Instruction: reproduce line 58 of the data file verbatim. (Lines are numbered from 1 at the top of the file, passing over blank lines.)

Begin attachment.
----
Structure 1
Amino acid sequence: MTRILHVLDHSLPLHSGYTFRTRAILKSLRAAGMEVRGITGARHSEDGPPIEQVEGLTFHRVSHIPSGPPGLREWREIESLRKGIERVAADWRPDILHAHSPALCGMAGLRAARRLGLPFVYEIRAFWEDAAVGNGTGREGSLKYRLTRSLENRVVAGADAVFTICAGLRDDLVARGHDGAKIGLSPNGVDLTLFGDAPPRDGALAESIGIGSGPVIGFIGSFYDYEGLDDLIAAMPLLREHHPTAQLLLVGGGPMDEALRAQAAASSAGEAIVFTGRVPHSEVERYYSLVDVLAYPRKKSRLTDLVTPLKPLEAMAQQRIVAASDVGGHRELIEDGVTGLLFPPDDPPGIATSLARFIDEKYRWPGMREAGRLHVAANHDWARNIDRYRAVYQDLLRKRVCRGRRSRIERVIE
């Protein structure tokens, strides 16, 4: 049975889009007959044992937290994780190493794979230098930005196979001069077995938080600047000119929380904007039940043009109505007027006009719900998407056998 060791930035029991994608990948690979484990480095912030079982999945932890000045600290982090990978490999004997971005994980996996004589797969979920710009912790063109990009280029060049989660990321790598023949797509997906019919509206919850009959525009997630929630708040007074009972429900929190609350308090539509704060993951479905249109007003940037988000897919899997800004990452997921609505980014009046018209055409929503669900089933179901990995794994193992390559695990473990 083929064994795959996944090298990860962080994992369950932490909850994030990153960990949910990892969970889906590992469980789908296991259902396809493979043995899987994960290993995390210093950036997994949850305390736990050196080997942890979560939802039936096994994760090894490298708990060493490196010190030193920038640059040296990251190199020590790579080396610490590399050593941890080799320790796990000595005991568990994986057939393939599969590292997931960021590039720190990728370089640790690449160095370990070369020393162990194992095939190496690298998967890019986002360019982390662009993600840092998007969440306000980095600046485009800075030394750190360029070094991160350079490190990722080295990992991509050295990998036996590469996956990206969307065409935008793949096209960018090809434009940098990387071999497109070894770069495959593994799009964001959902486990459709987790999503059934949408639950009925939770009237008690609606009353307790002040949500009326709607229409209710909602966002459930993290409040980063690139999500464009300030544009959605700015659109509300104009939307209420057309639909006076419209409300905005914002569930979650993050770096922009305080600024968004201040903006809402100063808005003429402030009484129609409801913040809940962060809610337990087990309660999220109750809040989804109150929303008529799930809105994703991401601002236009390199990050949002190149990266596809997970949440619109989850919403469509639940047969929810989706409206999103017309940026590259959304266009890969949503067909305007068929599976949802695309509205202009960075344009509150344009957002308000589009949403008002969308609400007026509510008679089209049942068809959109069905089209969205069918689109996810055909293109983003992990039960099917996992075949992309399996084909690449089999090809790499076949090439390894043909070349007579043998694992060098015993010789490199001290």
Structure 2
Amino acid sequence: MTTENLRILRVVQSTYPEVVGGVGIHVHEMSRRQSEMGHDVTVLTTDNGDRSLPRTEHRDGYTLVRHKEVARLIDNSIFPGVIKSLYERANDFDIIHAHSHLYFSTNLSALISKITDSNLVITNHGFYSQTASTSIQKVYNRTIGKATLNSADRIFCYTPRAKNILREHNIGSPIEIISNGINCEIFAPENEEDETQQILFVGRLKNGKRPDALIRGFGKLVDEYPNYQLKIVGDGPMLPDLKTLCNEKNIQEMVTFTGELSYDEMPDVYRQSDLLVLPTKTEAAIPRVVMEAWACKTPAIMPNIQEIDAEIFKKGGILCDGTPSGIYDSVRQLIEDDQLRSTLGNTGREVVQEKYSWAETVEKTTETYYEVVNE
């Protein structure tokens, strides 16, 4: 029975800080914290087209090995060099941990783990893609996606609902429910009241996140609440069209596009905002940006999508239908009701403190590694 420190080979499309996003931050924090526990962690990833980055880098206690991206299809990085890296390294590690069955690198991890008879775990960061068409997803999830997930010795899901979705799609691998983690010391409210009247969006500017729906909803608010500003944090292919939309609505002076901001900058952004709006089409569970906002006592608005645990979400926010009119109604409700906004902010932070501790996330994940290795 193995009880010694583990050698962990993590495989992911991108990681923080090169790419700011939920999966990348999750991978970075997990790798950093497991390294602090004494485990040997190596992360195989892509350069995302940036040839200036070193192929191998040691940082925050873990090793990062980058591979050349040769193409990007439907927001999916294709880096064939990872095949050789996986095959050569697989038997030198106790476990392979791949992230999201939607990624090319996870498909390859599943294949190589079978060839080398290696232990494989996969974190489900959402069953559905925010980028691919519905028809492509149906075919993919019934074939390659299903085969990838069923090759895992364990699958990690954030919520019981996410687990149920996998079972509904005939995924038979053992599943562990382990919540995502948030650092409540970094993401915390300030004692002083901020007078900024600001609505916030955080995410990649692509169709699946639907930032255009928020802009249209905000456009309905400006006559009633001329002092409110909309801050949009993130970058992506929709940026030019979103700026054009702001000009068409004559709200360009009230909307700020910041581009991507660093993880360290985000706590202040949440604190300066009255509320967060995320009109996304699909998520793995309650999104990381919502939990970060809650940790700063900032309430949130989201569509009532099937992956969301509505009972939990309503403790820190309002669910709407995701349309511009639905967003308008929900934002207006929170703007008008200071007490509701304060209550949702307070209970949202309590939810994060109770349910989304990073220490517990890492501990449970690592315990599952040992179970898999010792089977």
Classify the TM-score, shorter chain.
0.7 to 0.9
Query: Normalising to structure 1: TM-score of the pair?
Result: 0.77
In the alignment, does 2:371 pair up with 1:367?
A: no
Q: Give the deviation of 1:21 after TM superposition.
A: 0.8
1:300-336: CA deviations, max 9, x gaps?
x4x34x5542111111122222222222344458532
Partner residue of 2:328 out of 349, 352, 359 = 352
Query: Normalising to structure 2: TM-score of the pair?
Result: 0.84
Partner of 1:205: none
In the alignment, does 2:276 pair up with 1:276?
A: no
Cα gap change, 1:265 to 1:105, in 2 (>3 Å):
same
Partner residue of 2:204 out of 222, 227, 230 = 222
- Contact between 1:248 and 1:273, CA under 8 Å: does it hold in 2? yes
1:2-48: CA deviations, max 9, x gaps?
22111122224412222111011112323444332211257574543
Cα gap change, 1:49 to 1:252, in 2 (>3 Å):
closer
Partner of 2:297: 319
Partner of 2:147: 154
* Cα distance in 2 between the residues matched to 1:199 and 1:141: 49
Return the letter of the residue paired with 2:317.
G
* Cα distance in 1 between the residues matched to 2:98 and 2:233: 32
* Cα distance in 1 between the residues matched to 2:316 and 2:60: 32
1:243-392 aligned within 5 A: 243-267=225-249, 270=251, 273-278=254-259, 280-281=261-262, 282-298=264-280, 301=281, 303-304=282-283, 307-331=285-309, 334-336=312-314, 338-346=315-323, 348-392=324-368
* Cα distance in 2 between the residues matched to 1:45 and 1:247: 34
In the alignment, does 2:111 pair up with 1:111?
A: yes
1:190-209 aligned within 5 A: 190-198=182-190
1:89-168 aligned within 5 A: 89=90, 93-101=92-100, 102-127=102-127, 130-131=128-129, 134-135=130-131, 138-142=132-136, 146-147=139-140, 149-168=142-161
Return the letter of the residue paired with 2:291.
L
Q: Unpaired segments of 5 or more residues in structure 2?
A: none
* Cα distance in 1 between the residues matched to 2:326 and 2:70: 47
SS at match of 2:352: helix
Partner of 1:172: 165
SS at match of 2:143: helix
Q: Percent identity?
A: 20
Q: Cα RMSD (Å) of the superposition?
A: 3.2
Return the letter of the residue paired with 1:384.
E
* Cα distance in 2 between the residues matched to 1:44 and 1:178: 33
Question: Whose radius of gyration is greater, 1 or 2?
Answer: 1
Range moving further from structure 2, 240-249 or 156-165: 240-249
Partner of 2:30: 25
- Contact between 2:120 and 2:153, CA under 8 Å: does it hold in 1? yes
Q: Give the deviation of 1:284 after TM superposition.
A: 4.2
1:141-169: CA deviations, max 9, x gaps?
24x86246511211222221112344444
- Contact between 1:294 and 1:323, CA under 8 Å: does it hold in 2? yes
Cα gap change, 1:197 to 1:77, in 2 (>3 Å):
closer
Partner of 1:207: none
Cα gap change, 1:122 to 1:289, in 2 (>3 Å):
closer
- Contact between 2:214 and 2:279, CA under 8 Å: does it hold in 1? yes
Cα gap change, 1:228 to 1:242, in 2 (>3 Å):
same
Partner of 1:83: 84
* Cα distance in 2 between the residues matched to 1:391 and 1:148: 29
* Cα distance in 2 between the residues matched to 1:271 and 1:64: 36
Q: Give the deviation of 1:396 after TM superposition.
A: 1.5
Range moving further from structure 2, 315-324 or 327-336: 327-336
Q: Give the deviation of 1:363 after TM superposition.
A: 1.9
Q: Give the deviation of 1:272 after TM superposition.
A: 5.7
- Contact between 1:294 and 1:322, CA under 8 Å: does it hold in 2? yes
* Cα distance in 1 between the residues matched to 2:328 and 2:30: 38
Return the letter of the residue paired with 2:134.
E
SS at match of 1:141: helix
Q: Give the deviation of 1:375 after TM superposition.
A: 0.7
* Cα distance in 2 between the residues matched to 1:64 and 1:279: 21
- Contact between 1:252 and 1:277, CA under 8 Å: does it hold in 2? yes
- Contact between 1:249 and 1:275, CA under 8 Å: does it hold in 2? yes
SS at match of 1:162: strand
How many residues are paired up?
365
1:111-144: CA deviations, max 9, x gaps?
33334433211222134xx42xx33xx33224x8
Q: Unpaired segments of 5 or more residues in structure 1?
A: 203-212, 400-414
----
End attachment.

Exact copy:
* Cα distance in 2 between the residues matched to 1:44 and 1:178: 33